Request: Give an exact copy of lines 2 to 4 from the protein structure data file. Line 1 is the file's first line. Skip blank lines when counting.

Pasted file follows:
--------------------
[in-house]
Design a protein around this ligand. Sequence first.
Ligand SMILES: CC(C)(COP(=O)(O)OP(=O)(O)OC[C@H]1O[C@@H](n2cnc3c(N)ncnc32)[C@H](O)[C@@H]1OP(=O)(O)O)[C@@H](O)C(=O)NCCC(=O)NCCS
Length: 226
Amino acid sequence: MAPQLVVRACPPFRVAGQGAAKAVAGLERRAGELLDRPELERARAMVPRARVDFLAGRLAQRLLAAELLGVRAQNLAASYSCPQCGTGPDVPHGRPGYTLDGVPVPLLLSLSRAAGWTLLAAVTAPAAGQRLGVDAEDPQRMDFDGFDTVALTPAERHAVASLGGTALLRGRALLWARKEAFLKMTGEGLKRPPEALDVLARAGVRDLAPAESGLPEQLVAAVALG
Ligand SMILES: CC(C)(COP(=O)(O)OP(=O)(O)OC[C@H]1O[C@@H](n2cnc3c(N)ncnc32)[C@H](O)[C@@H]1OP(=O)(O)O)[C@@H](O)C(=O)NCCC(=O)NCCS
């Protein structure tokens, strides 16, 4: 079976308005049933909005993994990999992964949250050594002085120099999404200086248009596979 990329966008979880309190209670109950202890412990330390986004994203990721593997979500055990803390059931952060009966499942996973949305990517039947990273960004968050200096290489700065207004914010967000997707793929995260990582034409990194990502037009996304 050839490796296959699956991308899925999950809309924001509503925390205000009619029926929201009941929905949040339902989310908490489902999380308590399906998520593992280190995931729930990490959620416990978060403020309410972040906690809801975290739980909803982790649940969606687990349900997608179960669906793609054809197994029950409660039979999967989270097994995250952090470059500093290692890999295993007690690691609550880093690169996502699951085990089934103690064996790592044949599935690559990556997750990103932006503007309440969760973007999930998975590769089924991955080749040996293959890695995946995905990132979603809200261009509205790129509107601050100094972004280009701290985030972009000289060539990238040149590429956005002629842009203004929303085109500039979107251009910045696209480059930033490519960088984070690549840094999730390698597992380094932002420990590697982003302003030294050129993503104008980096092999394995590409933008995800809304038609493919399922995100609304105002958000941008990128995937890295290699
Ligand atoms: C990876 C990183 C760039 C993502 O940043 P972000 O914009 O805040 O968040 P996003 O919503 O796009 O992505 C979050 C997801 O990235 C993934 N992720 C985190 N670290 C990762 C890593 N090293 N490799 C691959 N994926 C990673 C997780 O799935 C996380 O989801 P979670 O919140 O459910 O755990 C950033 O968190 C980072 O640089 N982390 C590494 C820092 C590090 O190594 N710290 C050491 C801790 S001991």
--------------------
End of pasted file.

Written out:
Design a protein around this ligand. Sequence first.
Ligand SMILES: CC(C)(COP(=O)(O)OP(=O)(O)OC[C@H]1O[C@@H](n2cnc3c(N)ncnc32)[C@H](O)[C@@H]1OP(=O)(O)O)[C@@H](O)C(=O)NCCC(=O)NCCS
Length: 226